Meanwhile the candlelight before the thin stranger began to flicker, then burned out completely. Mr. Don thought he ought to say something, but he couldn't think of anything. But he heard the stranger in the darkness standing up and coming toward him.

"Come on in, if you want."

Mr. Don hesitantly started, fearing he would bump into the stranger, but the latter took his arm and led him into a cavern the size of a room.

"You appear to know your way around here," Mr. Don murmured, embarrassed.

"Yes. I've spent much of the day here."

"Are you looking at the figures and protuberances on the wall?"

"Not at all. I'm looking into the light. Into the flame of a candle."


"When the light has burned out, the darkness gets even deeper. Haven't you experienced this yourself?"

"Well, yes," said Mr. Don, "but you could do that at home."

"Yes. But think about the silence. Those walls, covered with variable reliefs, create an acoustics I've never heard anywhere else."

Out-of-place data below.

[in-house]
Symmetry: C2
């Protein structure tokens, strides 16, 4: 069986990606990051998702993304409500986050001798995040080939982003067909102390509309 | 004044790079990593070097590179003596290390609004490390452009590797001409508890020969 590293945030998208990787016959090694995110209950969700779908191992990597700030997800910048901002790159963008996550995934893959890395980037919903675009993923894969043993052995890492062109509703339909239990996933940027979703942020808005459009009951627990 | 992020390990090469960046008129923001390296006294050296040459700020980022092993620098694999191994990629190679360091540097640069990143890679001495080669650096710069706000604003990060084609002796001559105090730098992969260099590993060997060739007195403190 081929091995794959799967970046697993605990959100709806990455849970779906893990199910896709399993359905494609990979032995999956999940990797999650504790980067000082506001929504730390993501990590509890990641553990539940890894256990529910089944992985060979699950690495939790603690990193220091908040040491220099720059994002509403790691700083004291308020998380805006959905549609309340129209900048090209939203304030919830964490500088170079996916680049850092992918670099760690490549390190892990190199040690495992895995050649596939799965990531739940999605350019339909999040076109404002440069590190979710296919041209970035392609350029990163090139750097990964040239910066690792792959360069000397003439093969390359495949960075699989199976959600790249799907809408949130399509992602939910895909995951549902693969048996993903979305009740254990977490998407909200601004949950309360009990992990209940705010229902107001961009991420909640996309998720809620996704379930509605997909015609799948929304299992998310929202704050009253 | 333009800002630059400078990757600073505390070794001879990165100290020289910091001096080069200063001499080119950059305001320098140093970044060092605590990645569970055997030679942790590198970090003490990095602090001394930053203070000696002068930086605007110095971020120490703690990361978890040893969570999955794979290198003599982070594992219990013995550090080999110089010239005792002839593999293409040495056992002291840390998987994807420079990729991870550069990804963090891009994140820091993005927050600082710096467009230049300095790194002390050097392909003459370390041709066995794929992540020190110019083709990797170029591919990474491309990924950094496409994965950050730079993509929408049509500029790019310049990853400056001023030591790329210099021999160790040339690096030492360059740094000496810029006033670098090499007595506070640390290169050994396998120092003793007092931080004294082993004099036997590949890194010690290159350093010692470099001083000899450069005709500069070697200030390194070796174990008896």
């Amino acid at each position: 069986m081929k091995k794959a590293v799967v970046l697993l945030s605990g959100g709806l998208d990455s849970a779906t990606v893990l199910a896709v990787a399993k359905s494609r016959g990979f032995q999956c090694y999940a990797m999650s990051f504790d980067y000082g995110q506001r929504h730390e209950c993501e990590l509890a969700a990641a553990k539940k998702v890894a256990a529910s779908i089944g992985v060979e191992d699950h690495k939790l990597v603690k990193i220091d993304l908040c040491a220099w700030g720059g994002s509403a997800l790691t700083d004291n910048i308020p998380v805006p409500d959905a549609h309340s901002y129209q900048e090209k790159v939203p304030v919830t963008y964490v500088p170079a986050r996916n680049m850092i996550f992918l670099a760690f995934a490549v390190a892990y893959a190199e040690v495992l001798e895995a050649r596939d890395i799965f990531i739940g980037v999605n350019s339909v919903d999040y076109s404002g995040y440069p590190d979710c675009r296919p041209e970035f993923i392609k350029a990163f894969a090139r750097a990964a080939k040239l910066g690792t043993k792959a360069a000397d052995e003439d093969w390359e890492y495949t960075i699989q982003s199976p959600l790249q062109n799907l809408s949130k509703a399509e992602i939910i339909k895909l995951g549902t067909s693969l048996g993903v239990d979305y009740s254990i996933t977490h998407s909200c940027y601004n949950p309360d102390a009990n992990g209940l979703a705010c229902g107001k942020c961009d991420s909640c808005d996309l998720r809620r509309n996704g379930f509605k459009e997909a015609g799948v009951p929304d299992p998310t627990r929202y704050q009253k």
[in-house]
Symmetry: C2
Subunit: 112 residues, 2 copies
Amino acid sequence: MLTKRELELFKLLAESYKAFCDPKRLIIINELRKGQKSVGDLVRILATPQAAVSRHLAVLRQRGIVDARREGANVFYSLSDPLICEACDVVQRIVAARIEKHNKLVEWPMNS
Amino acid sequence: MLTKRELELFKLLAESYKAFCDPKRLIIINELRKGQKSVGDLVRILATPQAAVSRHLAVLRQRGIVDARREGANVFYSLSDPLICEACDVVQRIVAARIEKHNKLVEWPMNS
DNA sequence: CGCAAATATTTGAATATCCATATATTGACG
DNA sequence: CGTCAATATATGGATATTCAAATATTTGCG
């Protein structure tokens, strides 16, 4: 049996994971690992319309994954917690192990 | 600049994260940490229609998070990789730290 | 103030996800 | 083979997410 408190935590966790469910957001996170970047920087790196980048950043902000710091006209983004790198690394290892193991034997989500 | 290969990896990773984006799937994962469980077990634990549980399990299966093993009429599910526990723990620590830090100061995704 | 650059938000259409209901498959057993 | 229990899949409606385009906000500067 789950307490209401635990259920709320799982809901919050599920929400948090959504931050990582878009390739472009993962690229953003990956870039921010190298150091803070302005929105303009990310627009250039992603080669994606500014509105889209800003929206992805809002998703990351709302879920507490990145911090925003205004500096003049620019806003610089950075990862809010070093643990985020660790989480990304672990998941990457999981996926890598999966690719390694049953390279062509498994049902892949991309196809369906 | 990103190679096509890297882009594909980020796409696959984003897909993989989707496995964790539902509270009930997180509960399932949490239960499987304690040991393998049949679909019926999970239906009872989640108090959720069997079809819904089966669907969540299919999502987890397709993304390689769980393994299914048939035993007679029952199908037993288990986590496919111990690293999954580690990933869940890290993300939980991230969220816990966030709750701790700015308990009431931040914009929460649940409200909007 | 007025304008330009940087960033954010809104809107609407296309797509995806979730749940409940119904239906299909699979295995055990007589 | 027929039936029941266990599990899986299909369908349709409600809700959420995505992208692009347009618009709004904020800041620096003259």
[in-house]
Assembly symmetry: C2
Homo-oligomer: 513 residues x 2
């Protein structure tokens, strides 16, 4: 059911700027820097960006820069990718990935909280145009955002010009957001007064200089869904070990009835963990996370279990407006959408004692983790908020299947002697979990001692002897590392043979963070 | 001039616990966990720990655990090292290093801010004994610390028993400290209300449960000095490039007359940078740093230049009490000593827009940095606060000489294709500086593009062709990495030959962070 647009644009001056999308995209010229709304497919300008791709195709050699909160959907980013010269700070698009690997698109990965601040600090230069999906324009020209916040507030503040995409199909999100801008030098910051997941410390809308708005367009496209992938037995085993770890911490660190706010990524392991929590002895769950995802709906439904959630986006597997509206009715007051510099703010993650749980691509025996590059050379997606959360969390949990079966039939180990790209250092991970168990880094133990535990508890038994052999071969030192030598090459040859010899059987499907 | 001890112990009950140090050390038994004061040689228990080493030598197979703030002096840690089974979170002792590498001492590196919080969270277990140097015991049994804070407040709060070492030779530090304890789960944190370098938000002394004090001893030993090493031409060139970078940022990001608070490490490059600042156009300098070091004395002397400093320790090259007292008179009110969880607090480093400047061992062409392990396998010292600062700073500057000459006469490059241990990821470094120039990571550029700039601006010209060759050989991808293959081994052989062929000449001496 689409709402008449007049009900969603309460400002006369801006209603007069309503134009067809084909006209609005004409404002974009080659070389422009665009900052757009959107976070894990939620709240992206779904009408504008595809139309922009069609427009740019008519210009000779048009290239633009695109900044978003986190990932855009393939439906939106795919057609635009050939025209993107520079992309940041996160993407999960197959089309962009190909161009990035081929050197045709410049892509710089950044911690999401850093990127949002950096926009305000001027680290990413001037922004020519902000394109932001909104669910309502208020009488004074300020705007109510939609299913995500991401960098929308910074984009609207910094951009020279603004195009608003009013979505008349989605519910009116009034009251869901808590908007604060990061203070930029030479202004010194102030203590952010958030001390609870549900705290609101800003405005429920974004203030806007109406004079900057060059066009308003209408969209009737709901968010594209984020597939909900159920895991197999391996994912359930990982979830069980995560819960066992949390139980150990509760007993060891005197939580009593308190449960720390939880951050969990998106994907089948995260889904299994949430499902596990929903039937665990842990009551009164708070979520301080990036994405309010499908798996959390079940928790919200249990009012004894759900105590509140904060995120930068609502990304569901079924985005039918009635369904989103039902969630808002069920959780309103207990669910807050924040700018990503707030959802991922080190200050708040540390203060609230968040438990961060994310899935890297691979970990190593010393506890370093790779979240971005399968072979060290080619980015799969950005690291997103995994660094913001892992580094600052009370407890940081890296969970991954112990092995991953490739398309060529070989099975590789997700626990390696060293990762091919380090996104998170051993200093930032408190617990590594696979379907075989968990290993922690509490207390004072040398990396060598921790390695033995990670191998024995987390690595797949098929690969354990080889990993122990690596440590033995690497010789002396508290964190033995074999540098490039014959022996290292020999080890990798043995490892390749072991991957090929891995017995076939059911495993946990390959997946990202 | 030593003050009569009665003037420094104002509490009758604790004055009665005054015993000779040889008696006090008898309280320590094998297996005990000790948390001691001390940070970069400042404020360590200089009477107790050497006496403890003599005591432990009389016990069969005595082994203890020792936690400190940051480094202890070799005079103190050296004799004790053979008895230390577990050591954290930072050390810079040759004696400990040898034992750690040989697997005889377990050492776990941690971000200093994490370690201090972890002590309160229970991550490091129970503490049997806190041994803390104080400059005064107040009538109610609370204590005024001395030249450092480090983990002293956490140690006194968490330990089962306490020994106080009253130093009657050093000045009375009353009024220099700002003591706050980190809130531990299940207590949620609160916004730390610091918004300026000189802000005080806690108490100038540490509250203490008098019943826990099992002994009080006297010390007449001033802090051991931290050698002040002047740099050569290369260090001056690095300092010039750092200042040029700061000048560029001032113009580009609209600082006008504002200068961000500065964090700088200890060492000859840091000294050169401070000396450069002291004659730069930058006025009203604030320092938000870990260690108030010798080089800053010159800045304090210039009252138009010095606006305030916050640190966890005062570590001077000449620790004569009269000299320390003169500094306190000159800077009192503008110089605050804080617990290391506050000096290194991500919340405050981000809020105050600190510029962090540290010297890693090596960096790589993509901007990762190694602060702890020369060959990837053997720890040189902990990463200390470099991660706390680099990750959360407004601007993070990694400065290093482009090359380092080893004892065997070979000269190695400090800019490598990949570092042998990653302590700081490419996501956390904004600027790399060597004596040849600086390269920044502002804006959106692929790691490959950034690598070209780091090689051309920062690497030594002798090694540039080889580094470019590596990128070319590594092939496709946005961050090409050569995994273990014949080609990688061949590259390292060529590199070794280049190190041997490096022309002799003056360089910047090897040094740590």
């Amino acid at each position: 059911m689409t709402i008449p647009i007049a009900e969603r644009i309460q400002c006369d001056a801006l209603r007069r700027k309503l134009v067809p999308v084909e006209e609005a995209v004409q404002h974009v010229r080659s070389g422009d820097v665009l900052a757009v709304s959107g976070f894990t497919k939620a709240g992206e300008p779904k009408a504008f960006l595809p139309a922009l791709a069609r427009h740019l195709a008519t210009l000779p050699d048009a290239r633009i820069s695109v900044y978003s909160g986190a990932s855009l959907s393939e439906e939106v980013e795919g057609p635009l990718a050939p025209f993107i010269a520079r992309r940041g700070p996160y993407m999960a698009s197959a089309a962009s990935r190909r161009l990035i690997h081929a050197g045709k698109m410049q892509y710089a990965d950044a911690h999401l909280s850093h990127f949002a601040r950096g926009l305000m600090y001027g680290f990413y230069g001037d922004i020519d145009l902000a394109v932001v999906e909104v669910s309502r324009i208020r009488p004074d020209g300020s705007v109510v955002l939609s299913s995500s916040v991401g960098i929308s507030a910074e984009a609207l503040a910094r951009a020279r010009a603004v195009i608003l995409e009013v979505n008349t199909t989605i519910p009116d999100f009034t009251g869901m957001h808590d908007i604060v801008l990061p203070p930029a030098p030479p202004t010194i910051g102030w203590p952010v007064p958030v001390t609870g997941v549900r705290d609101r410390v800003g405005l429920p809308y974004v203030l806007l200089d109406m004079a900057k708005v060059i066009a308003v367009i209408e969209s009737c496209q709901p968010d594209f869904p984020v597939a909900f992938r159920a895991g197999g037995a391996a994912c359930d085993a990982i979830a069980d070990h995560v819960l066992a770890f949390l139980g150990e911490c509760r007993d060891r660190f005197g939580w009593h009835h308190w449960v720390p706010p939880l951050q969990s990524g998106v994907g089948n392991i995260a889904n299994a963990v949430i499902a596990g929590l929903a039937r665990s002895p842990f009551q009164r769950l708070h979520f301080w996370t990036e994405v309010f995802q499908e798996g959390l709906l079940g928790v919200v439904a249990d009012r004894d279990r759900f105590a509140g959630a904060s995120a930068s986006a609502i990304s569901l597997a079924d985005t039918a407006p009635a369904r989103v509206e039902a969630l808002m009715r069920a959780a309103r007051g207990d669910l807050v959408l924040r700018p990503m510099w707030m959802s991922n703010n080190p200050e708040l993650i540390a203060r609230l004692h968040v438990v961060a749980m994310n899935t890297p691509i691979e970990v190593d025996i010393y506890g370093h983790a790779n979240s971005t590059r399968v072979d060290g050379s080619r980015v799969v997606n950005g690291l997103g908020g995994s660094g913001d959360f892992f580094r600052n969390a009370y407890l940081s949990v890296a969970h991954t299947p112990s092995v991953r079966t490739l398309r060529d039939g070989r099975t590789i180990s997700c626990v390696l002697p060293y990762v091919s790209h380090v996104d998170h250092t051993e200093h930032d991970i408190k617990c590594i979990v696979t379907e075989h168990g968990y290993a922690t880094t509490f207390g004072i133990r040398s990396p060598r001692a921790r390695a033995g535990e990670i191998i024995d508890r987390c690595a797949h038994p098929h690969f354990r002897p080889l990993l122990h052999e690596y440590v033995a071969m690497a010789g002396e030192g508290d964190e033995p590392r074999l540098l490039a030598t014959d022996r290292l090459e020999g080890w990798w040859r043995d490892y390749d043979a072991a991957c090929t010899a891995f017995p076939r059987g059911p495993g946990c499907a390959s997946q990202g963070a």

"You're right," Don said, unconvinced, "but surely you've noticed what kind of walls you're surrounded by, right?"


"Don't you know whether this environment was formed naturally, or maybe artificially?"

"It is artificial, not a natural thing, but writing, information, a message. Take it however you like."

"I would have never guessed it," said Mr. Don, "but that's an odd point of view. No one has ever seen any writing like this. Which ones are the letters, the bulges or the spots of color?"

"Both. If I still had a candle I'd explain some of it to you."

"I have matches. Shall I light one?"

When the match was struck the stranger began: "Look. There's a black spot, like a square. Let's ignore the protuberances for now, let's just talk about the shape. It's not a regular quadrangle, only similar to one. If it were regular, it would mean vulture."

"More precisely, it's not a letter, but some kind of ideogram."